Sweetening power of white sugar is mediocre compared to sugarcane juice completely, which leads to greater quantities to satisfy the gustatory pleasure ( savor and the flavors are very much affected by the vitamins and minerals).

From the point of view of metabolic:
Hyperglycemia caused by assimilation of sugar from a purely chemical point of view is much sharper than that caused by a sugar together with other nutrients; of these, the fibers are most important to cushion the effect.
This phenomenon is experimentally proven, noting the evolution of blood glucose after absorption of glucose or sucrose and pure fiber (pectin) present especially in fruit-apples-

and in legumes.
The average glycemic index of fresh watery fruits is 30 ond of vegetables is 33, while that of pure sucrose is 75, and that of pure glucose is 100.

This maximum amount of hyperglycemia, a real metabolic aggression, destabilize great principle of Physiology: homeostasis(balance of the various functions of the body).
The body reacts by proportional secretion of insulin to bring blood sugar levels to normal level (0.8 to 1 g/l).
glycemic index > 60 favors the hiperinsulinemia , the consequence being the operation of a exaggerated correction effect with hypoglycemia..
This hypoglycemia causes various disorders (fatigue, concentration difficulty, irritability) and requires an even greater consumption of sugar (more so with how these maximum values of insulin prompts with a stomach feeling hungry).

Thus far to meet energy needs, white sugar gives you a yo-yo effect, and that is happening with the evolution of body weight also in case of application of slimming antiphysiological power schemes: If we move away from stability, worsens the process we want to fulfill it or correct it.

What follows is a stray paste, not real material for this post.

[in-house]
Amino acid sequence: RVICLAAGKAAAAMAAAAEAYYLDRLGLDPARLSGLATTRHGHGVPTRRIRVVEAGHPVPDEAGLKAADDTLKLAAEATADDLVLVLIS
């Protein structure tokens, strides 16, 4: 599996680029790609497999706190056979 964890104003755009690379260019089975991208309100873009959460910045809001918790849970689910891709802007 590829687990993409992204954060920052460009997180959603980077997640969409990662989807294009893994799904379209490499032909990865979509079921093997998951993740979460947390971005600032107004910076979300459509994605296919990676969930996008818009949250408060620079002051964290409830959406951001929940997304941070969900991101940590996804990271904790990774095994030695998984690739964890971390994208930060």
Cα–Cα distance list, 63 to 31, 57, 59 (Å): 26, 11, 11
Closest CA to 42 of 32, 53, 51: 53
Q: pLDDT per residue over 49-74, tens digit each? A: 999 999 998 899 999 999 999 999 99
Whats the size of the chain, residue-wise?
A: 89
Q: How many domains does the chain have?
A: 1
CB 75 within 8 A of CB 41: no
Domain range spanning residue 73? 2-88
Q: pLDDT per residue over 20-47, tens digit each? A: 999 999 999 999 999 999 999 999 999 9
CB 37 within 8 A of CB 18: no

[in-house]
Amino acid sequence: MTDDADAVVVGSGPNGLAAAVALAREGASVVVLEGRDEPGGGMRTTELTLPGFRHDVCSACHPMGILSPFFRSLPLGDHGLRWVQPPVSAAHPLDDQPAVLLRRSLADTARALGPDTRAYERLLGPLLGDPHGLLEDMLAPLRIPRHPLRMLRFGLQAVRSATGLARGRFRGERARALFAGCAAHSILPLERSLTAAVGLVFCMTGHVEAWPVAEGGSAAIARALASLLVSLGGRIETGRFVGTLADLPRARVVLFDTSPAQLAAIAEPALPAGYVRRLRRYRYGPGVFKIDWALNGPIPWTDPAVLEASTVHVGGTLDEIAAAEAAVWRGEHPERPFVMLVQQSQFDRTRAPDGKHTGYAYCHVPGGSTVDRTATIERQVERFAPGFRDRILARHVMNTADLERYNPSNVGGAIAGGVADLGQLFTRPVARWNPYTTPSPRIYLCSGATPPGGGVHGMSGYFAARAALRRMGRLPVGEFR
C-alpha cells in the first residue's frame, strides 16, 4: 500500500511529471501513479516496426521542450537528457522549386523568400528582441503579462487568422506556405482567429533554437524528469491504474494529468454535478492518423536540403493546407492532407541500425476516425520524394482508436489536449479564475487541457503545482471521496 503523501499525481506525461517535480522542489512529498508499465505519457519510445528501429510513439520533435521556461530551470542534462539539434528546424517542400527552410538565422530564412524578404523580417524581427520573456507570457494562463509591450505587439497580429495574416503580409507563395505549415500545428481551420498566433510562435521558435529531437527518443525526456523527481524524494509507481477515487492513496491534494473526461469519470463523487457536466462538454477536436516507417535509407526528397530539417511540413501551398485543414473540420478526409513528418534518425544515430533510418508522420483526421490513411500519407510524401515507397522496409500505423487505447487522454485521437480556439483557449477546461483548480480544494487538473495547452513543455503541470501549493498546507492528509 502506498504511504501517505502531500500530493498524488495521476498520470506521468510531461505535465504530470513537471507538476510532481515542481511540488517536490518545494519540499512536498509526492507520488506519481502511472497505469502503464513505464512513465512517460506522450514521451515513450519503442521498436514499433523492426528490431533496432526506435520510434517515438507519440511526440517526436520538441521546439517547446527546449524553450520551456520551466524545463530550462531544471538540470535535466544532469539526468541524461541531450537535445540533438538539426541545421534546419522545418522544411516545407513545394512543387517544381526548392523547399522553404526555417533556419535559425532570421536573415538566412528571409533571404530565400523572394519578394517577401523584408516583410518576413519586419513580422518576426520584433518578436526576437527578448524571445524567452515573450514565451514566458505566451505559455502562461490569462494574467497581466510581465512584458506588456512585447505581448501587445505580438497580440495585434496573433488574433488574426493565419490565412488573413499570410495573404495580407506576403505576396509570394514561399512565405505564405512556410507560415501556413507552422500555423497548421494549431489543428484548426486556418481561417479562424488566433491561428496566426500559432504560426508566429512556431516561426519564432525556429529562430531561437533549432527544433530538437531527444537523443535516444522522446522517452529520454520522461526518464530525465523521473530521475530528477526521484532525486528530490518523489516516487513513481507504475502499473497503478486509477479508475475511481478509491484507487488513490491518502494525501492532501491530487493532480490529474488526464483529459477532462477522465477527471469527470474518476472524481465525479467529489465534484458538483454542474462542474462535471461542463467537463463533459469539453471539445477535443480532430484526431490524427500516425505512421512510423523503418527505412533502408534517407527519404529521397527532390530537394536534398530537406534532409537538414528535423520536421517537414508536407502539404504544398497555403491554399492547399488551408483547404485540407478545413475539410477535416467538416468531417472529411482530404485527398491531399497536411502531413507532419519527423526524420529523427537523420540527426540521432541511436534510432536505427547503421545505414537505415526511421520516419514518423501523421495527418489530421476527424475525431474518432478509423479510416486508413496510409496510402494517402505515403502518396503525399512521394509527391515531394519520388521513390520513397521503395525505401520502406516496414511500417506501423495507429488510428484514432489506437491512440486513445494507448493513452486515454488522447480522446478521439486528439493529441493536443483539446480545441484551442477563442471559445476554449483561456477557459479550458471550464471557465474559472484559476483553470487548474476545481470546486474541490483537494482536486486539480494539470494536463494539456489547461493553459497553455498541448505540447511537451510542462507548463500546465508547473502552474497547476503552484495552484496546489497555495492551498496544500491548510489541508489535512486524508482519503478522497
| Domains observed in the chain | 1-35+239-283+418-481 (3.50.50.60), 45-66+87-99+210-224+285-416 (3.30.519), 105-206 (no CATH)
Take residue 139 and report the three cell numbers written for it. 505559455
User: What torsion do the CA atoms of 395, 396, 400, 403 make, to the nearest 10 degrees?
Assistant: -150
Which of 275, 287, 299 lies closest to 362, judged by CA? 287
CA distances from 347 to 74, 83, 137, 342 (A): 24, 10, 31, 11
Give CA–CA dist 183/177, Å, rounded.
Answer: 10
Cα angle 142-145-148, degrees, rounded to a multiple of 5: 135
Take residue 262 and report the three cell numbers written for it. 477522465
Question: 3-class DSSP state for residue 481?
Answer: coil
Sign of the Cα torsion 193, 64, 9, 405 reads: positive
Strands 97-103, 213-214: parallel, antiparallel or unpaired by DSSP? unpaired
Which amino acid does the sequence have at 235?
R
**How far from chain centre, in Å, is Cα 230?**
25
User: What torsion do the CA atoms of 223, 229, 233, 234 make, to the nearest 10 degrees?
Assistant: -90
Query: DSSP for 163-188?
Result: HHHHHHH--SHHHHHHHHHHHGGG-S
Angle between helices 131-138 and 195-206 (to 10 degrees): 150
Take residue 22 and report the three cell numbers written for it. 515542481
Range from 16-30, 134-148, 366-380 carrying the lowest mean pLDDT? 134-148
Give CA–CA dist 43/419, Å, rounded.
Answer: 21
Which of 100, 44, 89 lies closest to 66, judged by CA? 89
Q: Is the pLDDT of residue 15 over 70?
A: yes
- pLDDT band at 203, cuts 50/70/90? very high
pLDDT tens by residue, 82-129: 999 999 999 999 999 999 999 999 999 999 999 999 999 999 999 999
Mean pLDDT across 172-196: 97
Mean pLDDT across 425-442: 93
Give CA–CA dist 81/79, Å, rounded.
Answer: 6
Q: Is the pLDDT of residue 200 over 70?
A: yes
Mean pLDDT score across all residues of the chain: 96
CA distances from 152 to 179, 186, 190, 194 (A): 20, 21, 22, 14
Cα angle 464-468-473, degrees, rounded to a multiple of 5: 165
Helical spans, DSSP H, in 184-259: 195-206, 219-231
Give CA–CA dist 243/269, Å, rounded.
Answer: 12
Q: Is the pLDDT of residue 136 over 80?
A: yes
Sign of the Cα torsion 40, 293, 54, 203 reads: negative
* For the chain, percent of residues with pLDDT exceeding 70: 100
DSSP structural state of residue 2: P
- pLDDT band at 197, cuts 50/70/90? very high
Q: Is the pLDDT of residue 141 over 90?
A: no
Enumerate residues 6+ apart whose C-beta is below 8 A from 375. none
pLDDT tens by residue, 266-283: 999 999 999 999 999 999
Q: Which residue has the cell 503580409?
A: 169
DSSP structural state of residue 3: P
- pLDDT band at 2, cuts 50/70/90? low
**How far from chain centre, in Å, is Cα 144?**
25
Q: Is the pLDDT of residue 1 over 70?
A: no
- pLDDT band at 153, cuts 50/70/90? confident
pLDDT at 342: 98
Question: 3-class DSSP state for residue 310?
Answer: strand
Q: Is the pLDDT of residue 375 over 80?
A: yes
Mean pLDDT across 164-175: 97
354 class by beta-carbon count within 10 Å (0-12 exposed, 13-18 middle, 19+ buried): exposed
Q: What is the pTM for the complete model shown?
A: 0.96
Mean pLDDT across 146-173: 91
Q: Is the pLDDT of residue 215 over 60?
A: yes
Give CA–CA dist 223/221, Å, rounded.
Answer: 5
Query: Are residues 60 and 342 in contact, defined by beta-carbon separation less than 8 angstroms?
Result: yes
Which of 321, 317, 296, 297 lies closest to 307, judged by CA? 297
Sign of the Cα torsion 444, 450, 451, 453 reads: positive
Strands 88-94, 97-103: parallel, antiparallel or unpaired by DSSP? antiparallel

Faulty or deficiencies of vitamins and oligo-elements, caused by the consumption of refined sugar, lead to an imbalance.

Practice of refining food turns out to be absurd and dangerous.

Absurdbecause it causes the increase of cost of production of the products also disrupting the original qualities of the products by 3 mechanisms:

-          the destruction of the elements with great nutritional value (unsaturated fatty acids, vitamins, minerals and oligo-elements, fibers);

-          processing of nutrient retention (fatty acids);

-          concentration, thus facilitating overweight (sugars, salt, heterogeneous bodies.)

Harmful,because the three above-mentioned mechanisms lead directly or indirectly to a "missing" and a over store responsible for numerous deseases.


1. Baba, c., 2003-raw Processing power and losses of biologically active substances, ed. "Technical" UTM, Chişinău.

2. Baba, c.., 2007-quality and sensory analysis of food, ed. Agir, Pcs.

3. Backman, Gh., Chyiku, d., 1980-vegetable oil Technology, ed., Bucharest.

4. Dorobanţu, p., Babai, d., 2007-less vegetable oils used in food Workers. The U.S. Academy of Sciences scientific U.ş.a.m.v, Series Agriculture, vol. 50, Iasi.

5. Dorobanţu, p., Babai, d., 2007-the importance of food and vegetable oils, dietary Workers. The U.S. Academy of Sciences scientific U.ş.a.m.v, Series Agriculture, vol. 50, Iasi.

6. Dorobanţu, p., Babai, d., 2008-Studies Concerning the Quality of Some Walnut Oils and Grapeseed Oils Commercialized in Iasi, Workers. The U.S. Academy of Sciences scientific U.ş.a.m.v, Horticulture, vol. 51, Bucharest.

7. Dorobanţu, p., Babai, d., 2008-Preliminary Data and Analytical Tests of Some Food Oils From the Commercial Network of Town, Workers. The U.S. Academy of Sciences scientific U.ş.a.m.v, Horticulture, vol. 51, Iasi.

8. Dumitru, c., 1980-techniques and control methods of food and catering, ed. Ceres, Bucharest.

9. W. C. Heird, hunger, Food insecurity and undernutrition. Nelson Textbook of Pediatrics. 18th ed. Philadelphia, Pa: Saunders Elsevier, 2007.

10. Importance of W.E. Connor ω-3 fatty acids in health and disease. Am J Clin Nutr; 72 (1 Suppl): 175S-171S, 2000.

11. Mahan l. K, Escott-Stump s. Krause. Food, Nutrition And Diet Therapy. 10th ed. Philadelphia, PA: W.B. Saunders Co., 2000.